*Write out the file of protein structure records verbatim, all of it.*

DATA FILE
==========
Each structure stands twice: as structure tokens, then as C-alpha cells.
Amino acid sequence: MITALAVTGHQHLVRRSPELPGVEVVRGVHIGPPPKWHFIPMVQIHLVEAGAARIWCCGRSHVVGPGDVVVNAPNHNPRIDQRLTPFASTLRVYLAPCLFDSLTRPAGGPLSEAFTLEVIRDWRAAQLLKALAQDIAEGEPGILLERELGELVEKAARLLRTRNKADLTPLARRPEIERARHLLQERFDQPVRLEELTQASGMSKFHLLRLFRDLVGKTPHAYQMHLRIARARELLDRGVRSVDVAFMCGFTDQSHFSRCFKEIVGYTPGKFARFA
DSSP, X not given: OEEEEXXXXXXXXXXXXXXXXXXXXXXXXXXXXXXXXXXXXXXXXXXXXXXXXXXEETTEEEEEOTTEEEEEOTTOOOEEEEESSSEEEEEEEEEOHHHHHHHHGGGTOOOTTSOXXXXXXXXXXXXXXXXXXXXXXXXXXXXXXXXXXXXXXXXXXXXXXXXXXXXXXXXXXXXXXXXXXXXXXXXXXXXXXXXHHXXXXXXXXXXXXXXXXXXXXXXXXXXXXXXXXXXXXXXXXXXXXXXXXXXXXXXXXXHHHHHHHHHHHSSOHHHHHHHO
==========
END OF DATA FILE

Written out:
Each structure stands twice: as structure tokens, then as C-alpha cells.
Amino acid sequence: MITALAVTGHQHLVRRSPELPGVEVVRGVHIGPPPKWHFIPMVQIHLVEAGAARIWCCGRSHVVGPGDVVVNAPNHNPRIDQRLTPFASTLRVYLAPCLFDSLTRPAGGPLSEAFTLEVIRDWRAAQLLKALAQDIAEGEPGILLERELGELVEKAARLLRTRNKADLTPLARRPEIERARHLLQERFDQPVRLEELTQASGMSKFHLLRLFRDLVGKTPHAYQMHLRIARARELLDRGVRSVDVAFMCGFTDQSHFSRCFKEIVGYTPGKFARFA
DSSP, X not given: OEEEEXXXXXXXXXXXXXXXXXXXXXXXXXXXXXXXXXXXXXXXXXXXXXXXXXXEETTEEEEEOTTEEEEEOTTOOOEEEEESSSEEEEEEEEEOHHHHHHHHGGGTOOOTTSOXXXXXXXXXXXXXXXXXXXXXXXXXXXXXXXXXXXXXXXXXXXXXXXXXXXXXXXXXXXXXXXXXXXXXXXXXXXXXXXXHHXXXXXXXXXXXXXXXXXXXXXXXXXXXXXXXXXXXXXXXXXXXXXXXXXXXXXXXXXHHHHHHHHHHHSSOHHHHHHHO